Friends were doubtful. “You’re planning to walk up to 11 miles a day?” they asked. “Are you sure?” As my wife Clare and I set off for the Yorkshire Dales, we took their point (they know our limits) but referred them to that guru of good sense, JB Priestley. In English Journey, his wise, compassionate Thirties account of the state of the nation, he recalls the “mighty pedestrians” of his Bradford boyhood. “Everybody went enormous walks,” he writes. “I have known men who thought nothing of tramping between thirty and forty miles every Sunday.”
Halfway through his journey, Priestley had returned to Yorkshire for a battalion reunion and joined his old pals for a ramble up Wharfedale, from Ilkley to the village of Kettlewell. They weren’t to know, but their route would become more or less the first stretch of the Dales Way, the 80-mile long-distance footpath that links two National Parks: the Yorkshire Dales and the Lake District.
It was created after the 1968 Countryside Act – 50 years ago this year – paved the way, so to speak, for more public access. So, eager for that access, and with good weather forecast, we decided to explore the Way over a few early autumn days.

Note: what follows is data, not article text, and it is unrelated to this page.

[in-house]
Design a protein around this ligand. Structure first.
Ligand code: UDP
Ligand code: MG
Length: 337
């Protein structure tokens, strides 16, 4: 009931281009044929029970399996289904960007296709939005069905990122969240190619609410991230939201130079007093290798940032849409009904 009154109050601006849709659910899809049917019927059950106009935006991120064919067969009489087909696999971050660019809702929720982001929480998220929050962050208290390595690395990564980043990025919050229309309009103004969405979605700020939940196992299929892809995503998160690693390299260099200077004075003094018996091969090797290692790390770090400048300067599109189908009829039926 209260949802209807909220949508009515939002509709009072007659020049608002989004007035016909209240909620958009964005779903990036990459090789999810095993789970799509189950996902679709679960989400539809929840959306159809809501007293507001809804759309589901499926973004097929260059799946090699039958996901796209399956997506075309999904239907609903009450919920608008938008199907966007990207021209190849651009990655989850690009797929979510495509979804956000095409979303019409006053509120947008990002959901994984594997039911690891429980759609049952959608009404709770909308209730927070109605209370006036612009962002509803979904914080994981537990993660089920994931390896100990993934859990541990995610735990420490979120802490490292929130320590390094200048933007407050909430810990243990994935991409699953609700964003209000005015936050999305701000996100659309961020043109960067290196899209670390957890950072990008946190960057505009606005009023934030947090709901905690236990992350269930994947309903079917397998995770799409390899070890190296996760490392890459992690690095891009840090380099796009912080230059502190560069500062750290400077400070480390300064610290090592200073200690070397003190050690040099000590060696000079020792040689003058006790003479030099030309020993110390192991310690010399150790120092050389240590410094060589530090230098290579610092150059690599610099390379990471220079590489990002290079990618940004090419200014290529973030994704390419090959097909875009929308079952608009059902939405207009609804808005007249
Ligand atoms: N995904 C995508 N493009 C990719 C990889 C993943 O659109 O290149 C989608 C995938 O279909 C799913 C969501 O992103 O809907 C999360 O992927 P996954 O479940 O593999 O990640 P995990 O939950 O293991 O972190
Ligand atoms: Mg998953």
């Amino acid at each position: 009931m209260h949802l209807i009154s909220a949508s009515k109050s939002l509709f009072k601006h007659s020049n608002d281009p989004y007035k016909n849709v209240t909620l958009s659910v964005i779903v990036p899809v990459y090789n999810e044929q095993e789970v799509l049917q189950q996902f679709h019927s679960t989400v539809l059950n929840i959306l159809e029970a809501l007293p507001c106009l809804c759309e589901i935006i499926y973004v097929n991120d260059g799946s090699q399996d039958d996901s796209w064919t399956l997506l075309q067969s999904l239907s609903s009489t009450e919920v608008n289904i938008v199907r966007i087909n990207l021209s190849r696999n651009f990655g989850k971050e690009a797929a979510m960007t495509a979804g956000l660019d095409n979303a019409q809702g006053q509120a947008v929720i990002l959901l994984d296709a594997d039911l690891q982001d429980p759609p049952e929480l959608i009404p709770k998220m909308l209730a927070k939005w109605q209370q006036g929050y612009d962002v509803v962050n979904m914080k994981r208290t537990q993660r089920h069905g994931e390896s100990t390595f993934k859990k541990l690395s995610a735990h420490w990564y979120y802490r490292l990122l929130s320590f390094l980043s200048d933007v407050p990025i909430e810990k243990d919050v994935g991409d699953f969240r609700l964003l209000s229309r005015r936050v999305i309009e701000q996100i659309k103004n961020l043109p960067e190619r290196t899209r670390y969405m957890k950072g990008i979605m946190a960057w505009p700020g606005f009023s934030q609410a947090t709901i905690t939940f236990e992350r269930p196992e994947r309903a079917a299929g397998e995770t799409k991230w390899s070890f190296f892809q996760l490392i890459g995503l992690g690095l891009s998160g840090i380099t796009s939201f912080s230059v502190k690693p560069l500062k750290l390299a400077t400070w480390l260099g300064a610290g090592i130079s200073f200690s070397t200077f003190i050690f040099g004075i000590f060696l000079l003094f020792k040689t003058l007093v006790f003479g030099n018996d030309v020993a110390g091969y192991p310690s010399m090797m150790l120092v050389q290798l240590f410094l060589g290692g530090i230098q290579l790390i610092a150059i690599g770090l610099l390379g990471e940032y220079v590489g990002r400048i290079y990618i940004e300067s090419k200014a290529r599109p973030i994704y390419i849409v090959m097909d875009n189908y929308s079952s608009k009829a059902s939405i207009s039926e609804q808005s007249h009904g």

As novice long-distance walkers, we aimed to cover just 24 miles. We were being realistic. We live on the edge of the Peak District and walk there regularly. But they’re essentially weekend strolls – six or seven miles and a doze afterwards – not the heavy-duty, heads-down route marches of the truly dedicated rambler.
We are not people of Lycra; Gore-Tex means nothing to us. We don’t do pull-on cagoules or zip-off trousers or designer rucksacks. We’re fair-weather walkers. One drop of rain and we call the whole thing off. Seasoned walkers say there’s no such thing as unsuitable weather, only unsuitable clothing. Nonsense. There’s plenty of unsuitable weather.
These seasoned walkers will often tackle the full Dales walk from Ilkley to Bowness-on-Windermere in less than a week. It’s considered one of the gentler long-distance trails, much of it on riverside paths, but with steeper, more demanding central sections in remote, high landscapes.